Francisco Goya, 1797
El sueño de la razón produce monstruos (The Sleep of Reason Produces Monsters), Plate 43 of The Caprichos
Etching, aquatint (drypoint & burin), 8 7/16” x 5 7/8”
The Sleep of Reason Produces Monsters (Australia), 2008
C-print mounted on aluminum, 72” x 49 ½”, 81 ½” x 58” x 2 ½” (framed), Edition of 5
Who has dreamt that someday we’ll see the truth & let go of old ideologies that cause suffering in this world? Who has dreamt that an old & ancient bias cannot go away, unless we face the monsters that dwell inside each of us–all of us?
In the Enlightenment people began to question ecclesiastical authority. Intellectuals were compelled to critique royal hierarchies. People also sought to bring rationality & reason to our understanding of the world, the heavens & mankind. The dream was a world where all are equal.
In the waning years of the Enlightenment (the 1790’s) Francisco Goya (1746-1828) published a series of aquatinted etchings: Los Caprichios. The prints were a wide-ranging vision of man’s vice, man’s foibles & man’s weakness. Goya’s moralistic vision is salty, dirtier & closer to humanity than his English peers Hogarth or Rowlandson. He is said to be the first modernist. Goya depicted man’s real demons, which are: man’s hidden truths.
Within the Caprichios are a few prints known as the Sueño’s (sleep & dreams). The thematic device of dreams & dreaming allowed Goya a certain critical freedom & less official scrutiny. The most famous of the (Sueño) Caprichos is: El Sueño de la Razón Produce Monstruos (The Sleep of Reason Produces Monsters, ca.1797). This print (in several versions) should’ve been a frontispiece for the Caprichios. The print was not so much satirical, as it was an allegory of reason &/or truth.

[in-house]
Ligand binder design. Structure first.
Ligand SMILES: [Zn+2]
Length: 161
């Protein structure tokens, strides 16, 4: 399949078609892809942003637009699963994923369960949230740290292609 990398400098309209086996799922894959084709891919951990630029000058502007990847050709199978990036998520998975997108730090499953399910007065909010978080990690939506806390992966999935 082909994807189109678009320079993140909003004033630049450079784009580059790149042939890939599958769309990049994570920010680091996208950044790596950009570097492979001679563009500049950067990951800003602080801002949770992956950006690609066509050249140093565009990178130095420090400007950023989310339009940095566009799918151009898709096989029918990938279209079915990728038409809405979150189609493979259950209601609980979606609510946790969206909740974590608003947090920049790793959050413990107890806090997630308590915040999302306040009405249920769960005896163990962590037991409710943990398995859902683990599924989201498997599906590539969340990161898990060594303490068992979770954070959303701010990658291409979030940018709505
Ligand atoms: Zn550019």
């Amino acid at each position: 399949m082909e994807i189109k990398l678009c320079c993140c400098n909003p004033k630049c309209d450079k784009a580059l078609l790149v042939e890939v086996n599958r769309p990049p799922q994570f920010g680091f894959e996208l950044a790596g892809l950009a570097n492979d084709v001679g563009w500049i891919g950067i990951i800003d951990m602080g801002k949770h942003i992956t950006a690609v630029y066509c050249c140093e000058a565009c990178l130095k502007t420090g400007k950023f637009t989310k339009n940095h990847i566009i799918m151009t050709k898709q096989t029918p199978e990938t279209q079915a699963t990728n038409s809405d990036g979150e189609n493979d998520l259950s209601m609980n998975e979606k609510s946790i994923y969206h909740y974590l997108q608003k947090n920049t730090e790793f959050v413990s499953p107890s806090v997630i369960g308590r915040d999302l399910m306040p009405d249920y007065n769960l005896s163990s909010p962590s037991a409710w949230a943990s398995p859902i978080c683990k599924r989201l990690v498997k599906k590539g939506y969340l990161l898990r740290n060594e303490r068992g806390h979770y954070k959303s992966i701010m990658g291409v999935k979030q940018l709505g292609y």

About 211 years later (2008) the British born Nigerian artist Yinka Shonibare (1962- ) quoted, re-used, appropriated, re-staged & was inspired by Goya’s well-known print.
Shonibare kept most of Goya’s image the same. The owls in Goya’s original (that symbolized foolishness, not wisdom), the bats (that symbolized stupidity) & the lynx (that signified a clear vision of the truth) are all delightfully brought to life in Shonibare’s re-make. The sleeping man does change ethnicity in Shonibare’s five C-prints. The man in Goya’s print is the artist himself. Shonibare clad his man in Goya’s costume, except that the outfit is made from Shonibare’s favorite fabric: Dutch wax cotton. This fabric is used in most of Shonibare’s artistic output. The fabric is a multicultural metaphor. The artist is quick to reveal that the fabric’s connection to Africa is intentional, but it also has more of a global (& colonial) past. The fabric is sold in London by the Dutch & it is based on Indonesian designs, and then exported to West Africa & elsewhere.
In the original where Goya had written that the sleep of reason produces monsters, Shonibare instead asks in French (underscoring the multicultural motif) “Does the sleep of reason produce monsters in America (& Europe, Asia, Africa, and Australia)?” Each of the 5 C-prints represent a continent (South America must be considered one with [North] America).
Shonibare’s tableaux-vivants refresh Goya’s allegory by enlarging & re-contextualizing the question of reason (or the absence thereof). He seeks to re-inhabit history with questions of how it is viewed & how it can be re-framed or re-argued. The Enlightenment sought to critique the prevailing canon. Shonibare wants us to question our own age & its complicated sense of reason with a more global multi-cultural vision. Goya would’ve been proud.